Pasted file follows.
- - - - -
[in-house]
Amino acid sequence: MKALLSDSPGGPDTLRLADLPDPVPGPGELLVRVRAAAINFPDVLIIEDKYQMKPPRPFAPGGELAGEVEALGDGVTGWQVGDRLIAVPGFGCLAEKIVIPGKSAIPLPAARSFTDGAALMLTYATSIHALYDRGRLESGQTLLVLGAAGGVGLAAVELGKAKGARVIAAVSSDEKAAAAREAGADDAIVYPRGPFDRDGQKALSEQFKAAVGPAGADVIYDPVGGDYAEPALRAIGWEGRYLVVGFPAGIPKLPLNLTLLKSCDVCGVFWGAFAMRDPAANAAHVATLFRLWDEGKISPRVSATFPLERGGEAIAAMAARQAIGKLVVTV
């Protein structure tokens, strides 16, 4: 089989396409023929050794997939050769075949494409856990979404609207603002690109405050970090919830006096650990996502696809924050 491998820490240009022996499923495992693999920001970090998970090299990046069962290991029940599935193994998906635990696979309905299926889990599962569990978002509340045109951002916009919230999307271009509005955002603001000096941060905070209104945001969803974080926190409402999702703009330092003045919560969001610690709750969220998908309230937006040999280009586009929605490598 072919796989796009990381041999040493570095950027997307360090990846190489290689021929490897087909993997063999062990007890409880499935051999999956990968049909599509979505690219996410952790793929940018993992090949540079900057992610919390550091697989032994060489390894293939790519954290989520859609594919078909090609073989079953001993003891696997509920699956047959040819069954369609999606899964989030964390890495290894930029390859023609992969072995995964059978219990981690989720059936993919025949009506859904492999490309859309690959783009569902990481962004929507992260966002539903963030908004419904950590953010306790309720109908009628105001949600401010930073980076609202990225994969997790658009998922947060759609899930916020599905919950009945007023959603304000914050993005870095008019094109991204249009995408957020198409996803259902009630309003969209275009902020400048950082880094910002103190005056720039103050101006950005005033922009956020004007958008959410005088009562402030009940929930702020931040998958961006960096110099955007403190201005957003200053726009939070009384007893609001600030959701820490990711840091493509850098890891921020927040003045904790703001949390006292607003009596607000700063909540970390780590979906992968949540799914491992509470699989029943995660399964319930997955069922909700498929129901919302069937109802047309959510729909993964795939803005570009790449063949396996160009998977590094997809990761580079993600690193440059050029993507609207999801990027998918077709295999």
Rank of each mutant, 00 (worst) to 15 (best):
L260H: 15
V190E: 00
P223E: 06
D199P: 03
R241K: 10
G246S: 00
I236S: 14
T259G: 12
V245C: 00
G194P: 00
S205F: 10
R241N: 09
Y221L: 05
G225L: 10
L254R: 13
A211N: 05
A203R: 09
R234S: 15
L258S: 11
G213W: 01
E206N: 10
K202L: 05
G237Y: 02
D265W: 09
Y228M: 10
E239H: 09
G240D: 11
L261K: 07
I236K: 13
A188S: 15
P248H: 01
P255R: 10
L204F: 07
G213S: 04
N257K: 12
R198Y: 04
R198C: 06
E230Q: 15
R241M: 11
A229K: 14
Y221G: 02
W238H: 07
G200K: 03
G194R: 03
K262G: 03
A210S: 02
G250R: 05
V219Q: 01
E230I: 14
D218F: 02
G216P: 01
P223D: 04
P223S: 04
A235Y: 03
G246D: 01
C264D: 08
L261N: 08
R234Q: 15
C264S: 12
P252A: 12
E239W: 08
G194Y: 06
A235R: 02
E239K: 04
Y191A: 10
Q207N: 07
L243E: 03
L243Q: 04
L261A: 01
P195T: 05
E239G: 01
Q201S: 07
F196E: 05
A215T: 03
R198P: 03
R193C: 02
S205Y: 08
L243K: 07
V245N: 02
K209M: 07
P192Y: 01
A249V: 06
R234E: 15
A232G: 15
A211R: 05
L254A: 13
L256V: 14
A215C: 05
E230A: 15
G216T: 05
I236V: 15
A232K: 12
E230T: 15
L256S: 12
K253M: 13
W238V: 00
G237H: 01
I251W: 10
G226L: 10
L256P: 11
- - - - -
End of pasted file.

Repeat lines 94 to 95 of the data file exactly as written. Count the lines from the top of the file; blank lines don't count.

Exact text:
G216T: 05
I236V: 15